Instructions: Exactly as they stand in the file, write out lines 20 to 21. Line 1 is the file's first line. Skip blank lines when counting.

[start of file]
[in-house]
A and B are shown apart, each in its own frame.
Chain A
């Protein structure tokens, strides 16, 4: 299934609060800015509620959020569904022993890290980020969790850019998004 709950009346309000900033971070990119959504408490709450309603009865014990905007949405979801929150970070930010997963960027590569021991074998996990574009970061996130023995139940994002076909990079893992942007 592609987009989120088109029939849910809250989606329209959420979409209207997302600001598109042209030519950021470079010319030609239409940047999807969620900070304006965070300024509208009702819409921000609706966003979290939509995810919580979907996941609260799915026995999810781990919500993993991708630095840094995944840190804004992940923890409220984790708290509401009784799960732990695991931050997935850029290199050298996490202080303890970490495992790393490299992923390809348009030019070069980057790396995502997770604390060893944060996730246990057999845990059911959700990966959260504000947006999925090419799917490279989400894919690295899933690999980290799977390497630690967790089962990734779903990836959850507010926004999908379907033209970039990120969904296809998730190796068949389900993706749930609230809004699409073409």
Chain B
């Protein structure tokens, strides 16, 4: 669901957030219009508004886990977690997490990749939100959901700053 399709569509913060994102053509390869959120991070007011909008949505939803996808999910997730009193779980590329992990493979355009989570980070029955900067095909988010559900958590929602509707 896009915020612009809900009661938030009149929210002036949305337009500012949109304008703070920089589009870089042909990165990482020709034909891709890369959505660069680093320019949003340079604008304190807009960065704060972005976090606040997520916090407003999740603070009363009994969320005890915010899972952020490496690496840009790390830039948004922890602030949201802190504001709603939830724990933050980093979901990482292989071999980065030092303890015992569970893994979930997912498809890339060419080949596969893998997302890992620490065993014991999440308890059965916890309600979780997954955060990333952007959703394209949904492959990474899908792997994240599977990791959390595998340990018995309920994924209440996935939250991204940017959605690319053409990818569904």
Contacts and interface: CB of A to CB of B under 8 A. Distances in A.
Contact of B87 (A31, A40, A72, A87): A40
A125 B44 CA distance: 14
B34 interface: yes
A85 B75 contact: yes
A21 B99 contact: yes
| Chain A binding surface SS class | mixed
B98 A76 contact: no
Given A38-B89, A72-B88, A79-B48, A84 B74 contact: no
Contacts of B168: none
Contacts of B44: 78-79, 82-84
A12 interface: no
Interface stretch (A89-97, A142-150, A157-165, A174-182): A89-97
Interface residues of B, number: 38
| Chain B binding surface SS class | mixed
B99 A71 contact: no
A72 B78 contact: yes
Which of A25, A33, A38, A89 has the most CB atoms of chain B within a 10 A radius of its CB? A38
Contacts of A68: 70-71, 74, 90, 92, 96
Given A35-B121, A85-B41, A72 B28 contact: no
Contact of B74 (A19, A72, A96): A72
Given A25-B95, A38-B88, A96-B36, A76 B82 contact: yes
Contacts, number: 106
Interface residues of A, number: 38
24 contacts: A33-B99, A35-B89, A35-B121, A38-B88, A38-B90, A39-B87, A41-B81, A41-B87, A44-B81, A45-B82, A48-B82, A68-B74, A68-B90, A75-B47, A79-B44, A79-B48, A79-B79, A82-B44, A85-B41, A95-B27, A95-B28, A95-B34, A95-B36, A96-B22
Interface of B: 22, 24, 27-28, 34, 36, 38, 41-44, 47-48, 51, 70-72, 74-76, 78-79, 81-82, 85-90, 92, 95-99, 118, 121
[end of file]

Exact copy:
Interface residues of B, number: 38
| Chain B binding surface SS class | mixed